|User’s votes are weighted by their contribution to the site (log10 contribution). In addition, the user who created the observation gets an extra vote.|
|I’d Call It That||3.0||11.46||2||(jason,Andrew)|
sum(score * weight) /
(total weight + 1)
I wonder if the Illinois find is a part of the trend of retreating northern species and advancement of southern species as part of the warming trend. From the insect field, every year there are finds in Wisconsin of insects normally associated with Missouri or areas around there. As winters get warmer, they come and establish themselves here, lack of deep frost allowing them to safely overwinter. Of course, lichen move much slower than insects…
On the other hand, the location of this specimen is deep in the driftless portion of WI, roughly in the mid-section of the state, characterized by steep hills and deep valleys.
Didn’t think to check. Yes, my research claims the northern border for Hypotrachyna livida is Texas, Arkansas, Illinois, Maryland, eastern Pennsylvania, southern New England coast.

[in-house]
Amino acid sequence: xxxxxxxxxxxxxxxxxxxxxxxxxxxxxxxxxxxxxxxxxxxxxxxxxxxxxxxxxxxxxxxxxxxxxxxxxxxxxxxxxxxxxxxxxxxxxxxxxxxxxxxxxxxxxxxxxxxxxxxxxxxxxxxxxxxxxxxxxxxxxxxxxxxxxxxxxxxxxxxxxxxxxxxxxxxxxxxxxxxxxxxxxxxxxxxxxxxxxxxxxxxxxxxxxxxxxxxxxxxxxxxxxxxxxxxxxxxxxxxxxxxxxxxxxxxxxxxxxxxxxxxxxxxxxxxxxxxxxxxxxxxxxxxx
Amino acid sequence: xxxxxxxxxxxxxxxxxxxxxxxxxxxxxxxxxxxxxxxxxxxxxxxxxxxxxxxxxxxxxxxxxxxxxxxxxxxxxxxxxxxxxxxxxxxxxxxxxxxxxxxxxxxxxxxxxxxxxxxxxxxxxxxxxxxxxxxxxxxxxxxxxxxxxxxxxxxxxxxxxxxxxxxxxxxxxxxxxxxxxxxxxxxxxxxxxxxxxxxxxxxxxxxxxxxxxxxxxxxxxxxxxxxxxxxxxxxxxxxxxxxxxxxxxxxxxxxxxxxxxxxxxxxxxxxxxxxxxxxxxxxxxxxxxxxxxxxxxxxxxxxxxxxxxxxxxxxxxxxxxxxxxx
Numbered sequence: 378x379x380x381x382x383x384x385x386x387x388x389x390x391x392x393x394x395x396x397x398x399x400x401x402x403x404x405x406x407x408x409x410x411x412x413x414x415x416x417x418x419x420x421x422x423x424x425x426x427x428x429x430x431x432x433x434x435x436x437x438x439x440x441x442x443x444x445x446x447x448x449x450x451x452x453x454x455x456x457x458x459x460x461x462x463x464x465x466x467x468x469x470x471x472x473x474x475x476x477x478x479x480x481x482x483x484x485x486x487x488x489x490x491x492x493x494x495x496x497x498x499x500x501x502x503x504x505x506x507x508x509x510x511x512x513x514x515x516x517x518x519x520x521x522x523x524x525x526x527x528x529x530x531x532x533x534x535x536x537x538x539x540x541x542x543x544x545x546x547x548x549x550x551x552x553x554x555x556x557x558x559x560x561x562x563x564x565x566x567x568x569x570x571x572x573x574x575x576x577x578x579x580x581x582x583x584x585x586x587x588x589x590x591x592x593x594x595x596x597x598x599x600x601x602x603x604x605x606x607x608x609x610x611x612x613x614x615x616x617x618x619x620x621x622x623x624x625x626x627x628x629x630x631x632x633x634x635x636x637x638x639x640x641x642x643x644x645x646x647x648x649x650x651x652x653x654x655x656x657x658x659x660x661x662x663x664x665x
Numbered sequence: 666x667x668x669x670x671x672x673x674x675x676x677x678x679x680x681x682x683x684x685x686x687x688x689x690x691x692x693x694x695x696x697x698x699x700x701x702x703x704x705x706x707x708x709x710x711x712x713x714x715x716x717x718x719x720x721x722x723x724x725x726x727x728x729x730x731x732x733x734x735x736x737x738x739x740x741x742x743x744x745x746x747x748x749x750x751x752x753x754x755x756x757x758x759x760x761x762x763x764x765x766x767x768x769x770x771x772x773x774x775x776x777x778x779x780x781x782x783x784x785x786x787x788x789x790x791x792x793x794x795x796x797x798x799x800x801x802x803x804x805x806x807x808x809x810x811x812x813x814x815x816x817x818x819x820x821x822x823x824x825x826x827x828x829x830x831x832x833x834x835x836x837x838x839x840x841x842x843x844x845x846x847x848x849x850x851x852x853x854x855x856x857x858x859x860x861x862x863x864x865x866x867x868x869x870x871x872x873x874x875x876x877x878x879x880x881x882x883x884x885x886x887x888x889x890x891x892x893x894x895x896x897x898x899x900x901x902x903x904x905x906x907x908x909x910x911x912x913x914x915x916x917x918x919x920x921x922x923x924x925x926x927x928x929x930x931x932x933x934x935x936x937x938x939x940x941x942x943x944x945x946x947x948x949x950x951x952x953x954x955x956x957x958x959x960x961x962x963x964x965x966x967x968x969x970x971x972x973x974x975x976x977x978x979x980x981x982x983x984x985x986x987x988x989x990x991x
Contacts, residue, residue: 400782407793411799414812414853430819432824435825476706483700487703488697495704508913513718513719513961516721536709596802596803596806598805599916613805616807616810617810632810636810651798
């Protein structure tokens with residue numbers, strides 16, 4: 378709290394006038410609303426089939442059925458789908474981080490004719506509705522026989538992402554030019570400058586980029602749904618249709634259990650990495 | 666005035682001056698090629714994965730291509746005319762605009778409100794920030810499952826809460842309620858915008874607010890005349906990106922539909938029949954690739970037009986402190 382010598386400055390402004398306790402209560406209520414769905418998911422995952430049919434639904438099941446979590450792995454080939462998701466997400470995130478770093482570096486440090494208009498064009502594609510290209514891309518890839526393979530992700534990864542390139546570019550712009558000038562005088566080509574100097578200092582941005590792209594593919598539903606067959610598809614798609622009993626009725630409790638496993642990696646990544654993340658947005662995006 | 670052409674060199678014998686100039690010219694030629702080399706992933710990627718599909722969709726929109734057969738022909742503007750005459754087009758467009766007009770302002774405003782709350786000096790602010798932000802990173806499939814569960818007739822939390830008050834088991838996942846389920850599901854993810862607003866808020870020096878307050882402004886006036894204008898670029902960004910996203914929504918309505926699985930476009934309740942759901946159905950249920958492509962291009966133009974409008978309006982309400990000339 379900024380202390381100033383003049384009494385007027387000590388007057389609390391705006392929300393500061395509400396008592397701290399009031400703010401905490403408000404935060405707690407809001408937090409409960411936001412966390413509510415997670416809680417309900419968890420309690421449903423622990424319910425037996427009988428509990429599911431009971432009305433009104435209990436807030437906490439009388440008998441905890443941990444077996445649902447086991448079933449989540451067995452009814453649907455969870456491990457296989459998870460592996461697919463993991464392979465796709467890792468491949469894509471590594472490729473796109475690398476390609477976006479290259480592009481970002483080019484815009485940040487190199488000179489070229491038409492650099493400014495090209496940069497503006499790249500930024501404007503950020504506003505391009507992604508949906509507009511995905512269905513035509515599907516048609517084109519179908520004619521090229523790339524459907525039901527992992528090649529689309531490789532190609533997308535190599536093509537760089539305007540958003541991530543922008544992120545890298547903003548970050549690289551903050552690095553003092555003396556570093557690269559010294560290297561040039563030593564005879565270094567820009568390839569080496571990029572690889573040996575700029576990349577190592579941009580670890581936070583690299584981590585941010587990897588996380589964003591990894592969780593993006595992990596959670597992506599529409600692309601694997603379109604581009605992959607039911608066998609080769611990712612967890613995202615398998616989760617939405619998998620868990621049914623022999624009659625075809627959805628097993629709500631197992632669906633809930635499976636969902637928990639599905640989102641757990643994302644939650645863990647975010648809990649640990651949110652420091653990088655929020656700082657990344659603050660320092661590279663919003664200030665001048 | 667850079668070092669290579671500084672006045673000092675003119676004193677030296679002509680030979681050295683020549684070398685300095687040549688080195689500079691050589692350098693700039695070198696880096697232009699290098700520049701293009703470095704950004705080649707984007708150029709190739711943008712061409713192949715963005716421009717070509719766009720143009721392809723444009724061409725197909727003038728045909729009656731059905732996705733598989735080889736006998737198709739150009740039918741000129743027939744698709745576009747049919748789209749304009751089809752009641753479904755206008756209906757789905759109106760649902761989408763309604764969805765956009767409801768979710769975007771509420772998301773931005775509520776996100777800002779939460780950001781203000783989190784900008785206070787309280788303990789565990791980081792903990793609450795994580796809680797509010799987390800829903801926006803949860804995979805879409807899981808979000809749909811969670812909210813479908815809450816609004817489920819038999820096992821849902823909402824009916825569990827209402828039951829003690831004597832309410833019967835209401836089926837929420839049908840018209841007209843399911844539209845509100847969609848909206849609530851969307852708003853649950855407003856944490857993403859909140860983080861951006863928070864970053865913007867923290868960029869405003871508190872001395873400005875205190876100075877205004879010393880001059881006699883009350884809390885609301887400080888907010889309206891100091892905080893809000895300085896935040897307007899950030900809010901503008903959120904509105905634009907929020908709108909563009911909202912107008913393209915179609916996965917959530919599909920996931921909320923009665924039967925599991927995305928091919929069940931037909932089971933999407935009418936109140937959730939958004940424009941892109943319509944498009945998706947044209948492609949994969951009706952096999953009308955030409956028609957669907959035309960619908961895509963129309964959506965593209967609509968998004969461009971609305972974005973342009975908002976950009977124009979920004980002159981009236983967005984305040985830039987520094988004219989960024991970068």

Good thing you aren’t keeping track of all the times you’ve proven me wrong!
CNALH locality maps can give an idea of what to expect. In this case, records for Myelochroa galbina flood the zone in WI. Virtually all of the records for Hypotrachyna livida are from MO, the SE, and the eastern seaboard, but Culberson identified a specimen from near Elgin, NW of Chicago in IL.
Most of the time, being an amateur, I name specimens only if somebody else identifies them for me, although there are occasions when I feel bold and try to do it myself (usually with dire consequences :-). This one was IDd as M.galbina, I believe. And H.livida has not been found in WI (yet), to the best of my knowledge.
Created: 2012-02-12 11:18:24 CST (-0500)
Last modified: 2012-02-12 14:47:37 CST (-0500)
Viewed: 54 times, last viewed: 2017-06-10 10:07:43 CDT (-0400)